2014 was a roller coaster ride for cannabis enthusiasts and entrepreneurs alike. With several states approving recreational use and many more on the outskirts watching and waiting to see how it all plays out, the ride has been interesting. While it’s been approved in many states for medicinal use, there are many more benefits that marijuana can provide. And no, not just for pure enjoyment. Here are three ways that I particularly find interesting.
Jobs and the Economy
Colorado has enjoyed a nice boost in popularity and a nice uptick in the economy. First of all, the unemployment rate has dropped by over six percent in merely one year, sitting at 4.2 percent in November 2014. There was an astonishing $122 million in sales from cannabis and cannabis-based products, drawing in over $35 million in tax revenue.
“Colorado’s economy is booming and now more than ever, the state is as much of a desirable place to live as California,” Awada told MainStreet.
Travel and Tourism
If you’ve ever wanted to experience the atmosphere of Amsterdam, but couldn’t afford to go, join the troves of people finding their way to Denver and Seattle to enjoy the recreational use of marijuana. It’s not just the fact that you can grow cannabis seeds, buy marijuana and enjoy cannabis-based products. But there’s an entire industry booming around cannabis… You can do things you can’t do elsewhere in the U.S. You can relax in a cannabis-friendly hotel or enjoy a tasting tour. Stop thinking about weed as a stoner thing. Soon, you’ll probably see high-end exclusive cannabis events just like you see with wine and other industries – and Kush Tourism is leading the way.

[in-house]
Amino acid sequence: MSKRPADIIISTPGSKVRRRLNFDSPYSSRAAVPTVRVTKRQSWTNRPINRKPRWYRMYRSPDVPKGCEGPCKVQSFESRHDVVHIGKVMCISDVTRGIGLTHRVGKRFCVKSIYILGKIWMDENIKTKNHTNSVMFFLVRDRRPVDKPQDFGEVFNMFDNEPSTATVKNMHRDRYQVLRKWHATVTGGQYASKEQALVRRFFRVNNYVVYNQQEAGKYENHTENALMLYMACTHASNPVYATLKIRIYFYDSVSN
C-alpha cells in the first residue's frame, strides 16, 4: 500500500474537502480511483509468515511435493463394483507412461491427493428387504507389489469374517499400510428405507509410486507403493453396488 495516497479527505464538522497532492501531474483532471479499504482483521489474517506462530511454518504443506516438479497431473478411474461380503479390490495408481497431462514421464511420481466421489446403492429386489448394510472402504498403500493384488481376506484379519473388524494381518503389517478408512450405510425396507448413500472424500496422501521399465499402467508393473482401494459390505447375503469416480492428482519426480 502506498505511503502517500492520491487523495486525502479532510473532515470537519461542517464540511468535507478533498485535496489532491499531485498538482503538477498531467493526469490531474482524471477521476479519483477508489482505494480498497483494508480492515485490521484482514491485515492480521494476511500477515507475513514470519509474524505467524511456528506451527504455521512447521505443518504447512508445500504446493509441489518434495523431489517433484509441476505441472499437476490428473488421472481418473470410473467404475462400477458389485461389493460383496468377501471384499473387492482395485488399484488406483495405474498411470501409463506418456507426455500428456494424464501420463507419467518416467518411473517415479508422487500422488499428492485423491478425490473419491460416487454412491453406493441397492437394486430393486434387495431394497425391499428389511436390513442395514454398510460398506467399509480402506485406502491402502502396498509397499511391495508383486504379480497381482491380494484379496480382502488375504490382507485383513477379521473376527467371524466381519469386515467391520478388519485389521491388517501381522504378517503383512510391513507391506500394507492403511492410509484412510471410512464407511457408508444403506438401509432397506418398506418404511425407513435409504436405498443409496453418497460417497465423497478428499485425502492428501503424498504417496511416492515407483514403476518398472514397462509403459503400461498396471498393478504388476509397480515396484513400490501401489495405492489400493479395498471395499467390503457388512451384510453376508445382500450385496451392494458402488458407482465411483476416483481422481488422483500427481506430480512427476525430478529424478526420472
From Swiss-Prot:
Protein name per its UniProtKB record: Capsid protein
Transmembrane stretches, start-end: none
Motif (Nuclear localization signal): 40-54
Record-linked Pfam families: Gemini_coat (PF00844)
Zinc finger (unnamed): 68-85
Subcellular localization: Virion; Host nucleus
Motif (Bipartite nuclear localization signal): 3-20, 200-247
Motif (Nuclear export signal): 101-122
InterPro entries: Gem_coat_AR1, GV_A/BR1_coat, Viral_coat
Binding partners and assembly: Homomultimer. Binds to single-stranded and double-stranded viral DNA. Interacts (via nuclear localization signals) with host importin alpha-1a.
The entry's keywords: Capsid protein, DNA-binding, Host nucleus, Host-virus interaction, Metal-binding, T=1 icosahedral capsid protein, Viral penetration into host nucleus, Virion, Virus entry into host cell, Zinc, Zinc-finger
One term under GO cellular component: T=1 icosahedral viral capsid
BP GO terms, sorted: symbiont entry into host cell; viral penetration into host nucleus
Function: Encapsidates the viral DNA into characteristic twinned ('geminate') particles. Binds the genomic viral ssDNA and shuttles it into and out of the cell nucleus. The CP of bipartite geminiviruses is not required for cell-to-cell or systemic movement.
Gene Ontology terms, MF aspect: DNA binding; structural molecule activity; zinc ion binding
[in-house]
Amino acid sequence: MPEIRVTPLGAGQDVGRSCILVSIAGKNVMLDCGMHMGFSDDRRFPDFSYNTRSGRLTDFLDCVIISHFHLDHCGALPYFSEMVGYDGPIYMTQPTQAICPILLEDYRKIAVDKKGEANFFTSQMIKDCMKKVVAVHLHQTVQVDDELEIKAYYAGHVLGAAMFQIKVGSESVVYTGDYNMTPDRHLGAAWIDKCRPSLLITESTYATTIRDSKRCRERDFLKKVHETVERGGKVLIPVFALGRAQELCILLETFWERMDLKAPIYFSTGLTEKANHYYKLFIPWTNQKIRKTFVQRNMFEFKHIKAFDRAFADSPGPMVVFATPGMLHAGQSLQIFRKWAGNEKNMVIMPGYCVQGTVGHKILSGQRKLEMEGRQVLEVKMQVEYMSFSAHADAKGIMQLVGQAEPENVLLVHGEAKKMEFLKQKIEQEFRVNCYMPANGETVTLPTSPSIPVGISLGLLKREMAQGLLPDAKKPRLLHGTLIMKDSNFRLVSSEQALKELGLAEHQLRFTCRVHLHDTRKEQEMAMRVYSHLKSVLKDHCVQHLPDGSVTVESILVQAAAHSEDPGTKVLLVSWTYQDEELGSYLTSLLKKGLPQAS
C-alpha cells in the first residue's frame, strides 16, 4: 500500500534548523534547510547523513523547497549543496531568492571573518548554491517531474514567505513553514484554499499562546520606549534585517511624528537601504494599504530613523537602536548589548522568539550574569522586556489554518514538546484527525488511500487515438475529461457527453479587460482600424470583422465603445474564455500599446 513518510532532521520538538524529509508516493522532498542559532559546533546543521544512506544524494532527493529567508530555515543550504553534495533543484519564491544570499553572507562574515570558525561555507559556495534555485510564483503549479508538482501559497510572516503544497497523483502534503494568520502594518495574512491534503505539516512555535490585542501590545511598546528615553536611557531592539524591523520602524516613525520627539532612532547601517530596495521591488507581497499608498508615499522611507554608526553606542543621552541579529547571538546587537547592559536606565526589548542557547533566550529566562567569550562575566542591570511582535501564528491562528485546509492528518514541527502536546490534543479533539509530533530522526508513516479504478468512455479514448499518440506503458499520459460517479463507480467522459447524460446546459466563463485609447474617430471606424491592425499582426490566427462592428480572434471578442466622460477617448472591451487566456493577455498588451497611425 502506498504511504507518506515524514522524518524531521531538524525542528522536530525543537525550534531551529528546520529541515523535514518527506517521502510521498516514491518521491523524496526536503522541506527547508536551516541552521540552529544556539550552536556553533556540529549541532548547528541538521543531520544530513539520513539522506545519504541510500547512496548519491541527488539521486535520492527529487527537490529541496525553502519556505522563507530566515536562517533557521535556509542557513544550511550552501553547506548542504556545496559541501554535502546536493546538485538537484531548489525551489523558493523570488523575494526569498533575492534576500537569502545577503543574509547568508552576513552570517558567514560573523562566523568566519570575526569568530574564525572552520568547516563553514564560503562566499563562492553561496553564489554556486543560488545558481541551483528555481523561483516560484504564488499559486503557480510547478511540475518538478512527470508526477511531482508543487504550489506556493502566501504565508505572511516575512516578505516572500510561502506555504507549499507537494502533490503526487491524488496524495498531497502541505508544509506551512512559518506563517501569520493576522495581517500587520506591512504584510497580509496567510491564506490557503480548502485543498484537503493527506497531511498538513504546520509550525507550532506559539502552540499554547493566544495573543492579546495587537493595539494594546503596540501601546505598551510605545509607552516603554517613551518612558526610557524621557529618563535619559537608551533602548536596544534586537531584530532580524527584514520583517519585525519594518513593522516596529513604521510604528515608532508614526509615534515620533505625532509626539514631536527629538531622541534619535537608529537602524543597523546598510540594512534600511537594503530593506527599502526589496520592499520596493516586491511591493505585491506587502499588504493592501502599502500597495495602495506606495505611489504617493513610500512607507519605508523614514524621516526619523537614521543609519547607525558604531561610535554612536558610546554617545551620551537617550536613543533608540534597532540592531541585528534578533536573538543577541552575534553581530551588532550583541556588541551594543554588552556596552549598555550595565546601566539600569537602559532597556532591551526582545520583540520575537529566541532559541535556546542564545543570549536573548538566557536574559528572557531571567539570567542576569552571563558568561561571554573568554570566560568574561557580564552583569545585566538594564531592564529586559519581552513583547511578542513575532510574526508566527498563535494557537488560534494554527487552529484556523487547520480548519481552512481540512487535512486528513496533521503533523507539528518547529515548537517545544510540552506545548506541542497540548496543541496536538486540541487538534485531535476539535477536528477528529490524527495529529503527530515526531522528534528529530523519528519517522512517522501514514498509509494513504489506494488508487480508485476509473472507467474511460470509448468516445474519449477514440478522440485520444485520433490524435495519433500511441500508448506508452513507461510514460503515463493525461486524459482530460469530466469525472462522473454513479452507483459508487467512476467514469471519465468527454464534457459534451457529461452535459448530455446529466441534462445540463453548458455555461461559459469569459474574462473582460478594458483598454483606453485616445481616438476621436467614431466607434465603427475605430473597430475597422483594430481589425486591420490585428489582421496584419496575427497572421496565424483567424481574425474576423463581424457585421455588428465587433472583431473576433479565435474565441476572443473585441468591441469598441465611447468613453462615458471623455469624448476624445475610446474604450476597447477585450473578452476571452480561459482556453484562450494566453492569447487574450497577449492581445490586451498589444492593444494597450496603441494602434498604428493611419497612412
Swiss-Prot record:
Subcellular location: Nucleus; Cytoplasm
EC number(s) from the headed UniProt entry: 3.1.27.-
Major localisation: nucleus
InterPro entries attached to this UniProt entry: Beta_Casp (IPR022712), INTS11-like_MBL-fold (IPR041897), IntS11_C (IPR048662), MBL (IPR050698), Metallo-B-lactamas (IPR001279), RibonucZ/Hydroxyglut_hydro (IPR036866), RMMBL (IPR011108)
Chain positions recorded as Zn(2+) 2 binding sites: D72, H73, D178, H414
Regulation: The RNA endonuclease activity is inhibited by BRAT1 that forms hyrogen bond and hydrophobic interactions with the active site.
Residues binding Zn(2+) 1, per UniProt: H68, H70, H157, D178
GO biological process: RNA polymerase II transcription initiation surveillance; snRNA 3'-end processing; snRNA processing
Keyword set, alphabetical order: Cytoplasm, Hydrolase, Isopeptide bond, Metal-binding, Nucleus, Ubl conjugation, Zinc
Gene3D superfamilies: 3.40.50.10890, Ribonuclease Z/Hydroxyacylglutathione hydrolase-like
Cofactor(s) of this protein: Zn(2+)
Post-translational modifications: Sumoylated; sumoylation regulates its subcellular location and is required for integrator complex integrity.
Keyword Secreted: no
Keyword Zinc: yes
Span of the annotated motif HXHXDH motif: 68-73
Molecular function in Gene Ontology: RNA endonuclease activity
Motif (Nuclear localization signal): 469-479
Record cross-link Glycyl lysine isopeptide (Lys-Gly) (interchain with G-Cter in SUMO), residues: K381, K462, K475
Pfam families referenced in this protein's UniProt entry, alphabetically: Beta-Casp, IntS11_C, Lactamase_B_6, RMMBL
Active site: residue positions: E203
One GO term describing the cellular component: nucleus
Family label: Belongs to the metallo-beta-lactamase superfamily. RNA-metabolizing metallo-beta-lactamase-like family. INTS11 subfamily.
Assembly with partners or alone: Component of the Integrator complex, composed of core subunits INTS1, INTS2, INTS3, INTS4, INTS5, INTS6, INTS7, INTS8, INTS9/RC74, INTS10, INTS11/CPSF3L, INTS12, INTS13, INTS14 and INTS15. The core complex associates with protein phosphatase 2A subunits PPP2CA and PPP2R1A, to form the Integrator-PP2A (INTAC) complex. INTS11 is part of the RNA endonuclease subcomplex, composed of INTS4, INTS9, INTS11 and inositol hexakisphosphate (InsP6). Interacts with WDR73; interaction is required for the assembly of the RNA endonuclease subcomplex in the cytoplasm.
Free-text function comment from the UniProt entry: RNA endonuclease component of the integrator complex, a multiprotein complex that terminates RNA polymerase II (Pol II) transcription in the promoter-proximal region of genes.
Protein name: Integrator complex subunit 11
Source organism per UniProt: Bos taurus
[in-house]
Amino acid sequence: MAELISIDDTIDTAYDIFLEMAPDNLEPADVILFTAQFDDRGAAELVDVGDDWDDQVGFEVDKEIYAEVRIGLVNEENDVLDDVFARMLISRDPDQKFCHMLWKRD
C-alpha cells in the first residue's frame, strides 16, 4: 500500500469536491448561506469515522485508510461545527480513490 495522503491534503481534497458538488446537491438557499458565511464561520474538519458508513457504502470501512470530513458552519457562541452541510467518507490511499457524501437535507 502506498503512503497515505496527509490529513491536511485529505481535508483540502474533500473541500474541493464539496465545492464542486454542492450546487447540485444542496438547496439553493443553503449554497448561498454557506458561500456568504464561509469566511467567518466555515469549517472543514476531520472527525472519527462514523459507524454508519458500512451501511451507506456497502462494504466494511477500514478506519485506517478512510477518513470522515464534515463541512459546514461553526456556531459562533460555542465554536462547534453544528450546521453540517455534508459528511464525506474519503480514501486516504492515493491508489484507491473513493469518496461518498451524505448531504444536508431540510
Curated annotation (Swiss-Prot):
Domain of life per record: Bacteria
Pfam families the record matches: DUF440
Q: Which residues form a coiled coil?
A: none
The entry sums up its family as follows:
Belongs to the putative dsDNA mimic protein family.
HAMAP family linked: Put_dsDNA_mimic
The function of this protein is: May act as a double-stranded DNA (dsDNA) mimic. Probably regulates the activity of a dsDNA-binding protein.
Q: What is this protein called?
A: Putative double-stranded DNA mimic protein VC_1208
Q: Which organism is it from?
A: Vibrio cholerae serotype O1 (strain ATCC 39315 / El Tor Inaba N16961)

Green building and construction
It’s not just connoisseurs that will benefit when (Ok, if, but probably when…) growing and using marijuana becomes perfectly legal and loses its stigma. Industrial hemp farming may hold some truly awesome benefits for green building, which obviously will be better for the environment, but will also be super versatile. You’ve probably heard about hemp clothing and paper, but because the fibrous cannabis plant is so strong and versatile, it’s now being used to create hempcrete. Yep, not concrete, but hempcrete.
Hempcrete… non-toxic, mold-resistant, fire-resistant, insect-resistant and energy-efficient. Research is ongoing to see if it may even hold a higher thermal resistance than concrete does. It can be used for flooring, roof installation and even wall construction.
But since it’s illegal in most of the U.S. to grow it, it’s not widely known about. That’s not stopping ambitious builders who are always looking for something better, something more efficient. For example, Hemp Technologies in North Carolina is determined to prove the benefits that come with using hempcrete and have used it to build homes in Texas, North Carolina, Idaho and Hawaii.
In a nutshell, there’s so much that cannabis may be able to do for us. It’s silly to dismiss something without really understanding what it is and what it could do. What do you think? What other benefits do you see in legalizing the production and use of marijuana and its related products?